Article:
Chemical Makers' M&A Rebound Is Dogged by High Valuations, UniCredit Says

A rebound in mergers and acquisitions in the chemical industry is being slowed by the high price tags placed on assets by sellers, according to UniCredit analyst Andreas Heine.

BASF SE’s purchase of Cognis Holding GmbH for $3.9 billion and Bain Capital LLC’s $1.63 billion takeover of Dow Chemical Co.’s styrene unit mark a pick-up in activity this year, yet pricing remains a constraint on deal-making, Heine said.

“The crisis was hefty, but short -- too short for prices to come down,” Heine said in a phone interview. “There has been no bargain hunting.”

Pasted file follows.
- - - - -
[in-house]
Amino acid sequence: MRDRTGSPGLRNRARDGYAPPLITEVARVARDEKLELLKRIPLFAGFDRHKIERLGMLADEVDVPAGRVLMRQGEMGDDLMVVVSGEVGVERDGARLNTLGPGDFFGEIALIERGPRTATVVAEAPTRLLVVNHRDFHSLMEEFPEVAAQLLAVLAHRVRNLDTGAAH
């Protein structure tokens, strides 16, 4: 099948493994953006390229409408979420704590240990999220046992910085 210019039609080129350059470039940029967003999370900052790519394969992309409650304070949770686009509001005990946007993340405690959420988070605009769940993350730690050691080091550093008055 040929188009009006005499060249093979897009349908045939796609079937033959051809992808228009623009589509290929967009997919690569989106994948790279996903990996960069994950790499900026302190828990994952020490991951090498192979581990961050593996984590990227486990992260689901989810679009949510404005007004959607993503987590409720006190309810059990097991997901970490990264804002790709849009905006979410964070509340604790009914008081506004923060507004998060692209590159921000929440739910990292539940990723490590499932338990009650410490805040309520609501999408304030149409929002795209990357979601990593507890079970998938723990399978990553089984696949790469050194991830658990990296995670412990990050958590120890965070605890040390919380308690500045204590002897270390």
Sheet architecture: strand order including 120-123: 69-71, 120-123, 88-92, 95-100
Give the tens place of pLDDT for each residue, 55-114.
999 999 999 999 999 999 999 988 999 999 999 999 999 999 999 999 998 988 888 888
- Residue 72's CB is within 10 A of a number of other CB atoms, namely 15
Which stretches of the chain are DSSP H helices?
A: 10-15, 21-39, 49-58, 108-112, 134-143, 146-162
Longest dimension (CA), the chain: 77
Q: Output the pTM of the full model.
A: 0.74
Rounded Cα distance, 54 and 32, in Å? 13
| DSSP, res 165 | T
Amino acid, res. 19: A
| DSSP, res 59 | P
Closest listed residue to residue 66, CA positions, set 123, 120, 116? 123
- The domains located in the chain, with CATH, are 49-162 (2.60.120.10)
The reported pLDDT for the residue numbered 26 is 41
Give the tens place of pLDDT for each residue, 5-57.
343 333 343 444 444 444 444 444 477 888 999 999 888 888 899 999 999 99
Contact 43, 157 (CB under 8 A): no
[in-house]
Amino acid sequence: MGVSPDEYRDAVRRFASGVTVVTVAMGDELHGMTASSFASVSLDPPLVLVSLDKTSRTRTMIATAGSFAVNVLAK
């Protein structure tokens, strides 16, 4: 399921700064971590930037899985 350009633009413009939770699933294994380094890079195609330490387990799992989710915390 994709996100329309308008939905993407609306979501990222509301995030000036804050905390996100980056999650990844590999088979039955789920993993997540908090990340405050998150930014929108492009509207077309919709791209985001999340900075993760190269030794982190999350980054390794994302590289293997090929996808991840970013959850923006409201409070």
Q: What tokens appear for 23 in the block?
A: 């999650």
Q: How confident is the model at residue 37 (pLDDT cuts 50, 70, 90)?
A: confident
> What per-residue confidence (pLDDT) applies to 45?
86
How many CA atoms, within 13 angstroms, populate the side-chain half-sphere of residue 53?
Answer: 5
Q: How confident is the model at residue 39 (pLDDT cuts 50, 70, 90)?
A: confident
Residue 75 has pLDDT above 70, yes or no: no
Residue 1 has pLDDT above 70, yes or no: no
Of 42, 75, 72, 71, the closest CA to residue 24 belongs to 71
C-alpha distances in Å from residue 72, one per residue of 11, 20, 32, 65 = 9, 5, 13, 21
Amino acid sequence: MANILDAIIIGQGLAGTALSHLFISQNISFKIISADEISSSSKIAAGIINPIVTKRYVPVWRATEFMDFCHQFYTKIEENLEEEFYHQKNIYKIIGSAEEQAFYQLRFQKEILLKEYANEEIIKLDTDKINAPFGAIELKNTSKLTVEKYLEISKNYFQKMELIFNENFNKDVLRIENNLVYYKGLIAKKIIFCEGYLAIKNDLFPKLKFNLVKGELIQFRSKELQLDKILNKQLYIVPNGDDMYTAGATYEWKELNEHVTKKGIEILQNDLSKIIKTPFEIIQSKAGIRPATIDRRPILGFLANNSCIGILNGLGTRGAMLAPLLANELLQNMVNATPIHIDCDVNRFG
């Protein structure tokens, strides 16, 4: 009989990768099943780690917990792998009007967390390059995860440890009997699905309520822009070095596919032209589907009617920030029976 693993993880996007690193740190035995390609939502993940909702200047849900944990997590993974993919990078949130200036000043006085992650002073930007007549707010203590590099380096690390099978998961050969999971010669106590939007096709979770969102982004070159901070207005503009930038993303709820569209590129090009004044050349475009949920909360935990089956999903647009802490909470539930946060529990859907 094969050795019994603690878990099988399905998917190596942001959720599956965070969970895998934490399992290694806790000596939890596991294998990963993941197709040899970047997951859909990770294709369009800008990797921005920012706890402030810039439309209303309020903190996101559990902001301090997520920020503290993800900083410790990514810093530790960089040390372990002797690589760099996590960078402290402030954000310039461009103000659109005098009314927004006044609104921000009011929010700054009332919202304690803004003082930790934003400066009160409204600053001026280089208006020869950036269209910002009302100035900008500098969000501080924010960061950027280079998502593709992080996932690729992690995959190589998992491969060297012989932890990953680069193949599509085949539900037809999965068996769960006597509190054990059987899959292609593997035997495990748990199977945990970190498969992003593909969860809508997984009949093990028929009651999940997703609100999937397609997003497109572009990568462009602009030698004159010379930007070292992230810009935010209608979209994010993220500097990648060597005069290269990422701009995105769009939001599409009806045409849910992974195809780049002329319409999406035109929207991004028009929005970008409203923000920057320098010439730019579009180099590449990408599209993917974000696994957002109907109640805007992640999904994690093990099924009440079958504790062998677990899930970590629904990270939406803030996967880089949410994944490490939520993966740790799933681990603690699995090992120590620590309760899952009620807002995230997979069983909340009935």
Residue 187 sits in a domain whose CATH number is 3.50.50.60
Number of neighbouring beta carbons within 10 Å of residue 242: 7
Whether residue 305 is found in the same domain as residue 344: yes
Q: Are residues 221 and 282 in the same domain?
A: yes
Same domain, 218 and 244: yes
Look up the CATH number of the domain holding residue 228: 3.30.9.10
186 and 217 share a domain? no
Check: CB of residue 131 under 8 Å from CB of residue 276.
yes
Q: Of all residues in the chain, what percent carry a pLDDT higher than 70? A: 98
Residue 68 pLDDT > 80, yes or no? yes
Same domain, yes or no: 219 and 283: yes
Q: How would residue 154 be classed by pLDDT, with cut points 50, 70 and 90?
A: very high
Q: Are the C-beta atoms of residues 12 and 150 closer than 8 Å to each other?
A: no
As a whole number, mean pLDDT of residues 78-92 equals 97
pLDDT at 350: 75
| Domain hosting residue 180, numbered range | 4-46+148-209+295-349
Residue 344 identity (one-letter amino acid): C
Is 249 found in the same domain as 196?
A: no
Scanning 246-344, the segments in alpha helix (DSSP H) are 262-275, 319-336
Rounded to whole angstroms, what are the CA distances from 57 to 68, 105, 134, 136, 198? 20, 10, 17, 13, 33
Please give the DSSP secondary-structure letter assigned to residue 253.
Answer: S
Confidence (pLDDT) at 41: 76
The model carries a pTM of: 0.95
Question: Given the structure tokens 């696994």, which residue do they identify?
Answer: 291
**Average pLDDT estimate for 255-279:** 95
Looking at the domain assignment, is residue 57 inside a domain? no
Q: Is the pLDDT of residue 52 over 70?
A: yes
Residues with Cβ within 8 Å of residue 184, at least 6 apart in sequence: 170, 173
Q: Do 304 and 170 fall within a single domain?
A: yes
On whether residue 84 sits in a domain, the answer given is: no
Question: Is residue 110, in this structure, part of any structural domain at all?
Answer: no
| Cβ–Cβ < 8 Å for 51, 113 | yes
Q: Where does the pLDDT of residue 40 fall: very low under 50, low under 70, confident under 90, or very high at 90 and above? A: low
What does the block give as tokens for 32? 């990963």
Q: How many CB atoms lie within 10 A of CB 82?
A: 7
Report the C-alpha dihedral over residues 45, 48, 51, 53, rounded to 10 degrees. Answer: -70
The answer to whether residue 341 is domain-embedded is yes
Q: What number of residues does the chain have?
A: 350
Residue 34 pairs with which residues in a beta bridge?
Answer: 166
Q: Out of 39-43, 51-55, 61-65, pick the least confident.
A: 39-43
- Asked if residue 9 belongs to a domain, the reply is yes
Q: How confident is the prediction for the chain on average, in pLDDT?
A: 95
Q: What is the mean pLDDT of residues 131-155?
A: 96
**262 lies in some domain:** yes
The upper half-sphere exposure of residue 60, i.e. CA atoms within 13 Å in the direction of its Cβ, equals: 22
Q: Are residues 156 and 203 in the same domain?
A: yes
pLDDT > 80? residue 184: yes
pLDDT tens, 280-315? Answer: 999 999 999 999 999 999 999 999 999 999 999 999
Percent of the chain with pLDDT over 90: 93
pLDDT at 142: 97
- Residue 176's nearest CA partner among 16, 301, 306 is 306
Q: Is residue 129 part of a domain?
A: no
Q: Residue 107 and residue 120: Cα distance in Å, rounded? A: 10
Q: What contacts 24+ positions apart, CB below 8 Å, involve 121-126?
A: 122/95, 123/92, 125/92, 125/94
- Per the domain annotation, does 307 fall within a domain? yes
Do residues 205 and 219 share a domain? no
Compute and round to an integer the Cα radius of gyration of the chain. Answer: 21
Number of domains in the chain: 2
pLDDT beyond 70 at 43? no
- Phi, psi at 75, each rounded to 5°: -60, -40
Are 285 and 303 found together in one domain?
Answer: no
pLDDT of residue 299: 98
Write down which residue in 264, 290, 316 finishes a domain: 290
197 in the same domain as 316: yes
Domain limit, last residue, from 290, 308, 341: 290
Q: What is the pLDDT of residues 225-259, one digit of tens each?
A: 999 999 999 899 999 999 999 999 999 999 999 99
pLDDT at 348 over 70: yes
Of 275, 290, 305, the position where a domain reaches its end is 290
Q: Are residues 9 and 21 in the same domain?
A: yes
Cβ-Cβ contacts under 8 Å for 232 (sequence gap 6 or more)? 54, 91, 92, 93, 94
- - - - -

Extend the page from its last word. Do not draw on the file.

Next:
Among the chemical companies that may be poised to pounce on available assets is Belgian plastics maker Solvay SA, which may use its 6.5 billion-euro ($8.2 billion) war chest to target flavors and fragrances maker Symrise AG, Heine said. After buying Dow Chemical in March, Bain may buy BASF’s styrene business to consolidate assets if antitrust rules permit, according to UniCredit.

Dutch paint maker Akzo Nobel NV is the most likely suitor for Australia’s DuluxGroup Ltd., Heine said. Shareholders of parent company Orica Ltd. approved the de-merger of the business today. Royal DSM NV can finance acquisitions of as much as 3 billion euros, Heine and colleagues said in a note to clients.

Synthetic rubber maker Lanxess AG could be interested in Eliokem SAS, and may dispose of businesses including functional chemicals and rubber chemicals, UniCredit wrote.

To contact the reporter on this story: Richard Weiss in Frankfurt at rweiss5@bloomberg.net.

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